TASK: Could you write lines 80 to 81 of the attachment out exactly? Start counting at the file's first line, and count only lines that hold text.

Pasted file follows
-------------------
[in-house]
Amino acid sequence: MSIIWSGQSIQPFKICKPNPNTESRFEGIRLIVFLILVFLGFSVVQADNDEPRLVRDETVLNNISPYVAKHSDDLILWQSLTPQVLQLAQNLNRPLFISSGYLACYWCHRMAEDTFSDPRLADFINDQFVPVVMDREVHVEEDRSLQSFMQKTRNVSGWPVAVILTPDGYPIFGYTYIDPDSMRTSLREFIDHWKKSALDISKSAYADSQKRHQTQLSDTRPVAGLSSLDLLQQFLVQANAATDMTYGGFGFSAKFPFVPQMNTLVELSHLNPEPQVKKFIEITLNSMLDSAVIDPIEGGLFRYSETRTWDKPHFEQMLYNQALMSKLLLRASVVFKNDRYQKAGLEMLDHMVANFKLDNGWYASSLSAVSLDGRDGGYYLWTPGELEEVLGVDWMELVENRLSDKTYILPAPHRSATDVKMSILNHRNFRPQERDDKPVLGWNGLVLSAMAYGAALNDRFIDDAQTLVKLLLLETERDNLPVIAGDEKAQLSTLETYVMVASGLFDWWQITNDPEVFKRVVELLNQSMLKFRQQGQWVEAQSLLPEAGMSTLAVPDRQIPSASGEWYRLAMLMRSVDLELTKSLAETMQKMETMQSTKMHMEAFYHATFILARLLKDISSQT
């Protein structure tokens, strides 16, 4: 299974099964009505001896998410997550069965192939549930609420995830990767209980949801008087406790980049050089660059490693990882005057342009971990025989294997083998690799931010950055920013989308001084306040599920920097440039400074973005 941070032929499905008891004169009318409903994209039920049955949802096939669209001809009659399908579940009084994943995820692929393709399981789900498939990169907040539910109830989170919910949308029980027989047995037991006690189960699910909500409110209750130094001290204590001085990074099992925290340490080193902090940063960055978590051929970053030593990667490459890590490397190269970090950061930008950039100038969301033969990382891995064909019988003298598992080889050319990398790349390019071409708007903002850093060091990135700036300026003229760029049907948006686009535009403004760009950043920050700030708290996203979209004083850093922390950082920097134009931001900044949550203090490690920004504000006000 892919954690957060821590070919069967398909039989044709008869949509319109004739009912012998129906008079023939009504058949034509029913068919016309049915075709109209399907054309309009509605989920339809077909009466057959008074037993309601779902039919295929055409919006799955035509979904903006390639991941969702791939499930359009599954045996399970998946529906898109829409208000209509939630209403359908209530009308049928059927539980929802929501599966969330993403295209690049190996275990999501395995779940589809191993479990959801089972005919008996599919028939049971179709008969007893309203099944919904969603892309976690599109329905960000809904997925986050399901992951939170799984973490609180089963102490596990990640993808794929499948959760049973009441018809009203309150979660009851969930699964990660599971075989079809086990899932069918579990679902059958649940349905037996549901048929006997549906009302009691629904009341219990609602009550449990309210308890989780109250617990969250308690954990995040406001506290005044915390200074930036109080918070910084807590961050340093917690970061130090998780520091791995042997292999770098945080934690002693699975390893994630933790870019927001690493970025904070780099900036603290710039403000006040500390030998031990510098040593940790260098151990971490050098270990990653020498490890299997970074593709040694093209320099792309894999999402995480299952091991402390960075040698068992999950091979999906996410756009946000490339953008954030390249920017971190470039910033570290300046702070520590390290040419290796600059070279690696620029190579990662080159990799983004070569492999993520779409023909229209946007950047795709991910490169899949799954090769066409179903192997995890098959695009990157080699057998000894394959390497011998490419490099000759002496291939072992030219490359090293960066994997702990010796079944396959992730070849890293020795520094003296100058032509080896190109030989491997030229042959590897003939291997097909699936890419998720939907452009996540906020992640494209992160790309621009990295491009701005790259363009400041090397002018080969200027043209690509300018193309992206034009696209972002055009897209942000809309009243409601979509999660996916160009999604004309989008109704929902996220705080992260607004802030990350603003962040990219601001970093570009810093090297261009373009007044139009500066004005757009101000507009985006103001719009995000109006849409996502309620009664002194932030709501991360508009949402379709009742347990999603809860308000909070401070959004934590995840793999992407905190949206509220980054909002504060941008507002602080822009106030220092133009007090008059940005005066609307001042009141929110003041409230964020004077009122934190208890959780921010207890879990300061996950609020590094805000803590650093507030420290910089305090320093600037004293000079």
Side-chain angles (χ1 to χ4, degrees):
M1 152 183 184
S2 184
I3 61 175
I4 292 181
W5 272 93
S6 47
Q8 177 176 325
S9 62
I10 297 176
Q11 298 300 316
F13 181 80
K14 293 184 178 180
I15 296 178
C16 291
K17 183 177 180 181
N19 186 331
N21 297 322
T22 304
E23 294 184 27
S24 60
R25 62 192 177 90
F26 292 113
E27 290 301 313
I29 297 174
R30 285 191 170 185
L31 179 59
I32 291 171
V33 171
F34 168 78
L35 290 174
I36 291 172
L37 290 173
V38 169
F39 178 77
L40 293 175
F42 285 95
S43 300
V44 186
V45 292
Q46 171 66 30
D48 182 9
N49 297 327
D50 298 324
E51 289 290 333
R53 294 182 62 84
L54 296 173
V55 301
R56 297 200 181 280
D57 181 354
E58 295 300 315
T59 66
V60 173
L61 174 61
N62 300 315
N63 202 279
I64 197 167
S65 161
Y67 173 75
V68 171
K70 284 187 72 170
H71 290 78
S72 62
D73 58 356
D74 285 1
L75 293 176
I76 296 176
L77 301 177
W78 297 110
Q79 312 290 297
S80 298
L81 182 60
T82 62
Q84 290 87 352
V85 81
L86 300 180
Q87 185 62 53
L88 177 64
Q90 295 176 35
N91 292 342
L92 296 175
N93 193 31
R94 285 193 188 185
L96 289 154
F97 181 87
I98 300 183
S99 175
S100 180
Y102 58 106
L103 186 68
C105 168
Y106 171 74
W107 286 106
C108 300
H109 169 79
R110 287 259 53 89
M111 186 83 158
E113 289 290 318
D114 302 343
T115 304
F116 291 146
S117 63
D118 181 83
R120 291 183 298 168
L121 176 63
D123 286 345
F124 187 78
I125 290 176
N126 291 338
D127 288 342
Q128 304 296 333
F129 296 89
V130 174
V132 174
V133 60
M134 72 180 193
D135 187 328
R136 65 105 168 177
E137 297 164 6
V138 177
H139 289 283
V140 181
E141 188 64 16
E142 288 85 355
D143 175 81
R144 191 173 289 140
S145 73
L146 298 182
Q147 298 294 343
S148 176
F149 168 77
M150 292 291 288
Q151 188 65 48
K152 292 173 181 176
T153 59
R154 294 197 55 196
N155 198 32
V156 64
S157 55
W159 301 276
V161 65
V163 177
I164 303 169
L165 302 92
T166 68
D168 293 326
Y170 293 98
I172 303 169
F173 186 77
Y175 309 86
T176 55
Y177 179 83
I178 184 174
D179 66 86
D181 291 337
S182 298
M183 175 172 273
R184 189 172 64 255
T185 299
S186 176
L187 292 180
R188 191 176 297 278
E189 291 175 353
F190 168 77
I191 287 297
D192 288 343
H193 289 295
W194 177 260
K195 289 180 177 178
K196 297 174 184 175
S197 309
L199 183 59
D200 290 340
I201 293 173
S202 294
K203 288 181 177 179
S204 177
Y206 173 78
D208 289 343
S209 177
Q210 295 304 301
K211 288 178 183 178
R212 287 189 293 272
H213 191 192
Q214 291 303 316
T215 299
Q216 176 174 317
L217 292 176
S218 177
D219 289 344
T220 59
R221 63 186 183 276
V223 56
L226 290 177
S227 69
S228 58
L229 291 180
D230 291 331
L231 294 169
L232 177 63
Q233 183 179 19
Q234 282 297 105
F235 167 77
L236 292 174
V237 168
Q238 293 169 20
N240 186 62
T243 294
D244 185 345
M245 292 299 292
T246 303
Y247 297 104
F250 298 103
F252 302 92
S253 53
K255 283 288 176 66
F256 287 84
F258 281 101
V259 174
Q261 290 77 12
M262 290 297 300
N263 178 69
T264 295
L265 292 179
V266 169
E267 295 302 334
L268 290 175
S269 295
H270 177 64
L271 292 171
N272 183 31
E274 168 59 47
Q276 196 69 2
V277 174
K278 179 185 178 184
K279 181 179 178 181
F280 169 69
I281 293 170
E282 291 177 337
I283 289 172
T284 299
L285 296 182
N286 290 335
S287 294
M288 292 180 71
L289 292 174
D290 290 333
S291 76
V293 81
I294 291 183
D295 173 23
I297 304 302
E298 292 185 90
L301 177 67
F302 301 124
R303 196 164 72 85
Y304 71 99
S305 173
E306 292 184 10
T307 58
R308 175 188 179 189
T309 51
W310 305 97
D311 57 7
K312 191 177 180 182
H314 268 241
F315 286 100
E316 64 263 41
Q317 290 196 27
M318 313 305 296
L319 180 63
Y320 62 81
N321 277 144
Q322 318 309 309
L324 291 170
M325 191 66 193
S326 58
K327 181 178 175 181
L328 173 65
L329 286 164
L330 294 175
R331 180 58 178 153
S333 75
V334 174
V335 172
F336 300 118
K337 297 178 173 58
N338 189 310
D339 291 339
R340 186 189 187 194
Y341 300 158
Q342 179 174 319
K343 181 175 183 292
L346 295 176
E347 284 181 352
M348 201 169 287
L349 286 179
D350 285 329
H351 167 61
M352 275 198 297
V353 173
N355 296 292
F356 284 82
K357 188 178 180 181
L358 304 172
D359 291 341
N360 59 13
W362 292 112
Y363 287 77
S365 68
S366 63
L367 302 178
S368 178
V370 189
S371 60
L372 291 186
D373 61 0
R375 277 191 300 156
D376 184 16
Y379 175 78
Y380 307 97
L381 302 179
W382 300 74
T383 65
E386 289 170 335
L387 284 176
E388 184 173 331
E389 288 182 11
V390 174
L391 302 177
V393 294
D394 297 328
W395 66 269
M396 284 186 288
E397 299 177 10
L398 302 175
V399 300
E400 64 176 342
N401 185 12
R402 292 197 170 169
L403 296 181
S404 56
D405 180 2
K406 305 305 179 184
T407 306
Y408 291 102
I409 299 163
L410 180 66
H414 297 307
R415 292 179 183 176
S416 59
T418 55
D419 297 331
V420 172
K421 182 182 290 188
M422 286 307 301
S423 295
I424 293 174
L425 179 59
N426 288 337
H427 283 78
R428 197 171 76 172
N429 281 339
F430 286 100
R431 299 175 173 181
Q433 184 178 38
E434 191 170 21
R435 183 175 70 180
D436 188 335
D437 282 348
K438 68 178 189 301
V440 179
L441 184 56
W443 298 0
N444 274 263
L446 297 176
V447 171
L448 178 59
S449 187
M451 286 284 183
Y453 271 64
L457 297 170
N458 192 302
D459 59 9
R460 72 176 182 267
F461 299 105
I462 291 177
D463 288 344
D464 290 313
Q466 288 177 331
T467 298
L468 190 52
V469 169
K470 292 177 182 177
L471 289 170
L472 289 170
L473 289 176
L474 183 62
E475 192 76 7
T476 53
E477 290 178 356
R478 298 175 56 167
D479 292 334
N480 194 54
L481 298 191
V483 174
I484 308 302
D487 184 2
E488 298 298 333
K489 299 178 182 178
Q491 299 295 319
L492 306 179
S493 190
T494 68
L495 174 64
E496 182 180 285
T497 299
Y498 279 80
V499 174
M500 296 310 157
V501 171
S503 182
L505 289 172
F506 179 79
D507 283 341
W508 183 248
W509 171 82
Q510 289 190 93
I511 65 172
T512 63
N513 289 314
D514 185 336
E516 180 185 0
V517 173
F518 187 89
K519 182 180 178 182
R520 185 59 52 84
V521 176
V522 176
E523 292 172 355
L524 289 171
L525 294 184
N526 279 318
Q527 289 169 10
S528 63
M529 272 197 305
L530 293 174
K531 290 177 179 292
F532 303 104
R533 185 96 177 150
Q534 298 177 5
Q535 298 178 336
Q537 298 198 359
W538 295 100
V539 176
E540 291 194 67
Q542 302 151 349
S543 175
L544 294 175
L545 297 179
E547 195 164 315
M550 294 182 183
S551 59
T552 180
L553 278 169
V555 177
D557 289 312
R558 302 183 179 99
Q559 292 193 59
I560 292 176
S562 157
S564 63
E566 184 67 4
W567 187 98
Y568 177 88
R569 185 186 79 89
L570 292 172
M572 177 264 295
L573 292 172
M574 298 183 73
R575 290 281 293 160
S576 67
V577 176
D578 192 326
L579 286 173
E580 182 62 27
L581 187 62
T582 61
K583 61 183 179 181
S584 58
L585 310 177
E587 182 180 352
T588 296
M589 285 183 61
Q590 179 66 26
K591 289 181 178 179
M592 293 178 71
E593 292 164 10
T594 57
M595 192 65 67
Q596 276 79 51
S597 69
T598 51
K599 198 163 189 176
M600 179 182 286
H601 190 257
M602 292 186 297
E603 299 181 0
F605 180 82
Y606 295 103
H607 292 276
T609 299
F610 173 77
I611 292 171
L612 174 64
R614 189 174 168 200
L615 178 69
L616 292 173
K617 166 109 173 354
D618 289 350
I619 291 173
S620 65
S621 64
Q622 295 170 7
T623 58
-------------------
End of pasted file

Q87 185 62 53
L88 177 64